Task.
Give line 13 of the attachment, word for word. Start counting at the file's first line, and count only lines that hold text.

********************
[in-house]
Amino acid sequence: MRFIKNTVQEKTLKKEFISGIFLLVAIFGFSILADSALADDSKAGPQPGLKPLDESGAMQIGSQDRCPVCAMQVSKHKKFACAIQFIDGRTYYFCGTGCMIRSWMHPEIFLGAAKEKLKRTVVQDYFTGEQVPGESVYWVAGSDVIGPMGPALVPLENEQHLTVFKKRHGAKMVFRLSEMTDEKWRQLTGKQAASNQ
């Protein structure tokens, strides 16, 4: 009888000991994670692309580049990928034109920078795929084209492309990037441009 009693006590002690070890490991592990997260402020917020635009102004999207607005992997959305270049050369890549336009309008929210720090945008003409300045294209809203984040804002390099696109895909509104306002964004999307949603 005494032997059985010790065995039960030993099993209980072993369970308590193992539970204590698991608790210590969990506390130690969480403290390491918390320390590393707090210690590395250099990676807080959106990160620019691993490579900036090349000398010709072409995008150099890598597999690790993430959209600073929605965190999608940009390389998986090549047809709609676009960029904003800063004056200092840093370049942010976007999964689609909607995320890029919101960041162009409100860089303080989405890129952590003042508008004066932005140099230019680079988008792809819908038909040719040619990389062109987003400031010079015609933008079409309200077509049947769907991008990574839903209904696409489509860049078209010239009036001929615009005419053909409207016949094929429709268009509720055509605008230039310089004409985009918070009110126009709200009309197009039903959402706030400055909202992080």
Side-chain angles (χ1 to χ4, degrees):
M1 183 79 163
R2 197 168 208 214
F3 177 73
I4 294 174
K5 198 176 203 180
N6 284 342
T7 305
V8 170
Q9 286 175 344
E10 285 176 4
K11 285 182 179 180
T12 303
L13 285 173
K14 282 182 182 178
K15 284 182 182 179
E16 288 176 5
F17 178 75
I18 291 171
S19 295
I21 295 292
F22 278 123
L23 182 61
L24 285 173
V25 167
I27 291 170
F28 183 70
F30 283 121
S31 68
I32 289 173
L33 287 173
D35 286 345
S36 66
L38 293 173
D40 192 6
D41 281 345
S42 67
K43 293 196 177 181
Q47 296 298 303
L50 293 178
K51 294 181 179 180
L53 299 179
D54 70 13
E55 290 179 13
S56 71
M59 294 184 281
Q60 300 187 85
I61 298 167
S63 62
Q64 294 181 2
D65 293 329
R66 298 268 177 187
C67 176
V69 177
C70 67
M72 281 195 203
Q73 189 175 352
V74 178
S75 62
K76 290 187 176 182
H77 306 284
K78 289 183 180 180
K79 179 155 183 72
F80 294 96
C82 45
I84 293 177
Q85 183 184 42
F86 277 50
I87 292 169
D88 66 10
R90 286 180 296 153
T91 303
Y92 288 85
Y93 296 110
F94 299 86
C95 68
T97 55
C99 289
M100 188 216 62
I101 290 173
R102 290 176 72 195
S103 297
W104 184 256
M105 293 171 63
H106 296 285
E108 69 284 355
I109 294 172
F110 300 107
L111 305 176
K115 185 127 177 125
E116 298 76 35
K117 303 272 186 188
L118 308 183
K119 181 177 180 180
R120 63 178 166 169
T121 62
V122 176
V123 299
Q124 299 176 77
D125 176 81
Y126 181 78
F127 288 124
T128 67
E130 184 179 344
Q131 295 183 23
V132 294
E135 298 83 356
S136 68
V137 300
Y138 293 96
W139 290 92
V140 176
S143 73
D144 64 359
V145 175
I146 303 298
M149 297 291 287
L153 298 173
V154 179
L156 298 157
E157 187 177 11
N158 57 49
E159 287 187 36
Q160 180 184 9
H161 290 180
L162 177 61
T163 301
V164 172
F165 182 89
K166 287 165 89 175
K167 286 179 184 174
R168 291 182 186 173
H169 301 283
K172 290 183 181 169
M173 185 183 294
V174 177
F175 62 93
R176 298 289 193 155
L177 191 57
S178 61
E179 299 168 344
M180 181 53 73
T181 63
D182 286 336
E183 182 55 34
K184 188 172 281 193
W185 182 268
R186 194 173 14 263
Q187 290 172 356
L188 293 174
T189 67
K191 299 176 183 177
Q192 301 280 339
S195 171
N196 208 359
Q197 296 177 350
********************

Q9 286 175 344